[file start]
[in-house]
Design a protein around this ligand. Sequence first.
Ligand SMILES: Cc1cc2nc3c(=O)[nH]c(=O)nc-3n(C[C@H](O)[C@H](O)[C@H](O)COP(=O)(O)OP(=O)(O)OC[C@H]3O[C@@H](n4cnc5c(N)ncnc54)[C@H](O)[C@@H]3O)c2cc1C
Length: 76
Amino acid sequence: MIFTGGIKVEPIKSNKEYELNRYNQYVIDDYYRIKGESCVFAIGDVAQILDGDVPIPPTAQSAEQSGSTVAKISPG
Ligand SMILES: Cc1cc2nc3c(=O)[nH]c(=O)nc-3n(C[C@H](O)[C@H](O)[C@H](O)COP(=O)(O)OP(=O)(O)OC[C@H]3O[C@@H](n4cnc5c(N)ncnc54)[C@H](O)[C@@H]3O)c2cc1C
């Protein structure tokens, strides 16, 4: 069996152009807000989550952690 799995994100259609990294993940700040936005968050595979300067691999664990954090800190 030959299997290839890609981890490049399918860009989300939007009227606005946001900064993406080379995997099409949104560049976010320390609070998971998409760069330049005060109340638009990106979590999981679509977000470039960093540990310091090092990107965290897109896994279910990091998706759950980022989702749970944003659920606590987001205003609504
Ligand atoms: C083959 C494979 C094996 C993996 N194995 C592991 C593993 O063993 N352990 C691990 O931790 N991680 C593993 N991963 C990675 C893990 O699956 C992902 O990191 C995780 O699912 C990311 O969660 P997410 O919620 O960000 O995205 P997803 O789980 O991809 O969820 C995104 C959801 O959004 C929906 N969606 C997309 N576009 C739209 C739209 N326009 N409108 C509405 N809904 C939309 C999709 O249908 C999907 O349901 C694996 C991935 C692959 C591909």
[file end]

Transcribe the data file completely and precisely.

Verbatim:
[in-house]
Design a protein around this ligand. Sequence first.
Ligand SMILES: Cc1cc2nc3c(=O)[nH]c(=O)nc-3n(C[C@H](O)[C@H](O)[C@H](O)COP(=O)(O)OP(=O)(O)OC[C@H]3O[C@@H](n4cnc5c(N)ncnc54)[C@H](O)[C@@H]3O)c2cc1C
Length: 76
Amino acid sequence: MIFTGGIKVEPIKSNKEYELNRYNQYVIDDYYRIKGESCVFAIGDVAQILDGDVPIPPTAQSAEQSGSTVAKISPG
Ligand SMILES: Cc1cc2nc3c(=O)[nH]c(=O)nc-3n(C[C@H](O)[C@H](O)[C@H](O)COP(=O)(O)OP(=O)(O)OC[C@H]3O[C@@H](n4cnc5c(N)ncnc54)[C@H](O)[C@@H]3O)c2cc1C
């Protein structure tokens, strides 16, 4: 069996152009807000989550952690 799995994100259609990294993940700040936005968050595979300067691999664990954090800190 030959299997290839890609981890490049399918860009989300939007009227606005946001900064993406080379995997099409949104560049976010320390609070998971998409760069330049005060109340638009990106979590999981679509977000470039960093540990310091090092990107965290897109896994279910990091998706759950980022989702749970944003659920606590987001205003609504
Ligand atoms: C083959 C494979 C094996 C993996 N194995 C592991 C593993 O063993 N352990 C691990 O931790 N991680 C593993 N991963 C990675 C893990 O699956 C992902 O990191 C995780 O699912 C990311 O969660 P997410 O919620 O960000 O995205 P997803 O789980 O991809 O969820 C995104 C959801 O959004 C929906 N969606 C997309 N576009 C739209 C739209 N326009 N409108 C509405 N809904 C939309 C999709 O249908 C999907 O349901 C694996 C991935 C692959 C591909």